German lawmakers on Wednesday approved a third bailout package for Greece, despite substantial opposition within its parliament.
“But due to the fact that the Greek parliament has already approved a big part of the (aid-for-reform) measures, it would be irresponsible not to use the chance for a new beginning in Greece now”, he said.
MPs have been anxious about two unanswered questions – the extent of any debt write-off for Greece and whether the global Monetary Fund will back the bailout.
Rutte’s coalition government easily survived a no-confidence vote Wednesday.
Today’s vote in Germany is among the last from parliaments across Europe, with the Dutch scheduled to vote later today. The approvals will clear the way for the European Stability Mechanism to set in motion the first payout in time for Greece to meet a €3.2bn payment to the European Central Bank on Thursday.
Some Spanish members of parliament railed against the rescue package, saying it did not benefit ordinary people in Greece, although only 20 lawmakers out of 322 voted against it.
“The pace of arrivals has been steadily increasing in recent weeks, with more refugees and migrants having arrived in Greece during July than during the whole of last year”, UN associate spokesperson Vannina Maestracci said at a daily news briefing.
The Social Democrats, Dr Merkel’s coalition partner, and opposition Greens also supported the measure.
Greek Prime Minister Alexis Tsipras has yet to make up his mind on calling early elections, a government minister said on Wednesday, following a rift in the ruling party over the country’s new bailout deal.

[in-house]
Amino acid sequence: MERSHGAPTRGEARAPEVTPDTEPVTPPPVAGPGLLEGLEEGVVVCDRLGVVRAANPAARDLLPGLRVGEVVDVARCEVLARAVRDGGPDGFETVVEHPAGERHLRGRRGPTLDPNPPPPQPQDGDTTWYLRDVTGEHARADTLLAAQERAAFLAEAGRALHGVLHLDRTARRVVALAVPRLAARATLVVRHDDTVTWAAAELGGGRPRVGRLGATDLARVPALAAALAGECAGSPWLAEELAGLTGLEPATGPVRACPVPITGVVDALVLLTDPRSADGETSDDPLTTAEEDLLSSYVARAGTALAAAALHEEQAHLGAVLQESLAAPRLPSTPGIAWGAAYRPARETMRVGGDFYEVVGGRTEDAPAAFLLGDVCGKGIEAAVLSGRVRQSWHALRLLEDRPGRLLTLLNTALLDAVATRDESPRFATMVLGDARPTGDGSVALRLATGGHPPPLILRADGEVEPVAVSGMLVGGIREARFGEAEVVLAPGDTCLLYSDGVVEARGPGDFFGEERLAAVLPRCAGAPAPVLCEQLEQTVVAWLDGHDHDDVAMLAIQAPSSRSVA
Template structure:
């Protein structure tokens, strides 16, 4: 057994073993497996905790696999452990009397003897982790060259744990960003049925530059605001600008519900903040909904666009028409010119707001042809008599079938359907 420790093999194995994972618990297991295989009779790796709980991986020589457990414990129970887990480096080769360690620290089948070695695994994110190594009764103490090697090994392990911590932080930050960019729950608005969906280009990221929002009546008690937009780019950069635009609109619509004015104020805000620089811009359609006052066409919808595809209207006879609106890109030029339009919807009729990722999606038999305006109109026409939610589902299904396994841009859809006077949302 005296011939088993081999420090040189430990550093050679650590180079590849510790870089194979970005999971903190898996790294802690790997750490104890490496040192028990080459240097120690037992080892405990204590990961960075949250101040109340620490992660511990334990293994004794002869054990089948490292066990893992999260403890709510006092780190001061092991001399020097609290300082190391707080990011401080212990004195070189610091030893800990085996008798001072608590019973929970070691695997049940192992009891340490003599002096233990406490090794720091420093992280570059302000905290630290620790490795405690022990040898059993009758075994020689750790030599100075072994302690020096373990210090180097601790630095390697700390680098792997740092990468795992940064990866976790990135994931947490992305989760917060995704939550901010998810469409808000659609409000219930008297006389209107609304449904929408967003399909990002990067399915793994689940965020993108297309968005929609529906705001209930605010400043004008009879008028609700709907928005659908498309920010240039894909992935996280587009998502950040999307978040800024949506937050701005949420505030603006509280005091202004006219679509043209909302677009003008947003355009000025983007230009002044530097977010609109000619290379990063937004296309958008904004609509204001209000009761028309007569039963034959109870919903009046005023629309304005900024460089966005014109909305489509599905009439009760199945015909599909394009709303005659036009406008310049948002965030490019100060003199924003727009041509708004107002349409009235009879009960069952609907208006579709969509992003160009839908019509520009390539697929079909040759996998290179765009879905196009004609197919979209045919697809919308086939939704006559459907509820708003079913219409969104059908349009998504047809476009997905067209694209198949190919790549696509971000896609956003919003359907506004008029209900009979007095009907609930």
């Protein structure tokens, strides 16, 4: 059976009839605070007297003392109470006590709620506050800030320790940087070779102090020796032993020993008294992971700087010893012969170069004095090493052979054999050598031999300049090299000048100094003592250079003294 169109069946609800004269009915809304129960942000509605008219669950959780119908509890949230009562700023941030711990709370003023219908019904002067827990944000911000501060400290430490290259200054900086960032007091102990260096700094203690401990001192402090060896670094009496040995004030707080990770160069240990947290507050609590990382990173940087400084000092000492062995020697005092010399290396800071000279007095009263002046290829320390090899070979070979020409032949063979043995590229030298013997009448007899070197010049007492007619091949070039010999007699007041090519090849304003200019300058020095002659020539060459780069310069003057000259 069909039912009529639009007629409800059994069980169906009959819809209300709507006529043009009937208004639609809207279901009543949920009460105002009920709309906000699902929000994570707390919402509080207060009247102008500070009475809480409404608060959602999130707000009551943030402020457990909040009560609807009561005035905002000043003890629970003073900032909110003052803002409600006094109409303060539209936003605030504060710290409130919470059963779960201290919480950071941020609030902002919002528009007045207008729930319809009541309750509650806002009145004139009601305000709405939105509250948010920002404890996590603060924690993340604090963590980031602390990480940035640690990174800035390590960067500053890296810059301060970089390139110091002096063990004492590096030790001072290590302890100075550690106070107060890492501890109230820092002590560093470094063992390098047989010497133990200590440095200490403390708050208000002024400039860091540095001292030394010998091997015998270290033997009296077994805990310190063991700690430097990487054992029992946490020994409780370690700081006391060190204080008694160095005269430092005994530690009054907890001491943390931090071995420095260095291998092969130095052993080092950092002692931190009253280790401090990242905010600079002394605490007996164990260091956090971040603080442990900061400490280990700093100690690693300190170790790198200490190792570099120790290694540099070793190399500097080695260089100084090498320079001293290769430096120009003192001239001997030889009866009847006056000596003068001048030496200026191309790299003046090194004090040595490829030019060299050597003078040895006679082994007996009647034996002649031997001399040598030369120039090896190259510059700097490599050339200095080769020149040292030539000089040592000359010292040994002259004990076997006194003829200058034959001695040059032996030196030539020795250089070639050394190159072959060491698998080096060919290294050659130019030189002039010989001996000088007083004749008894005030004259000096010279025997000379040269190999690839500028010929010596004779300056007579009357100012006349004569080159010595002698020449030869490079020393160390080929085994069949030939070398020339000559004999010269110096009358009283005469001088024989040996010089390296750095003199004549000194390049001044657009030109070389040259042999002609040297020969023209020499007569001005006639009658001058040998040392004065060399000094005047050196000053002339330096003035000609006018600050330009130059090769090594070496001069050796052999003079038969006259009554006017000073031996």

In the end, 63 conservative rebels cast “No” ballots and three abstained, marking only a slight increase from a vote last month approving the start of negotiations on the package.
On Tuesday, MPs in Austria, Estonia, and Spain voted to support the third bailout.
The German finance minister’s endorsement would also help Chancellor Angela Merkel win support for the bailout.
In closed-door remarks to her caucus on Tuesday, Ms Merkel said Greece faced a tight web of economic-reform conditions for its bail-out, according to a party official.
But Deputy Culture Minister Nikos Xydakis said on Wednesday that Tsipras had yet to make up his mind, possibly considering a delay until the first review of progress under the new bailout, which Greece’s creditors will conduct in October.
Hardliners within his party have accused him of capitulating to unreasonable demands that will plunge the Greek economy further into recession.
“If Greece stands by its obligations and implements the programme in full and with determination, then the Greek economy can grow again”.
“Every time they believe Europe’s “junkie”, Greece… the Greeks get their money, not the Dutch elderly, but the Greeks”, Wilders said. “Whether it will be used, only the Greeks can decide”.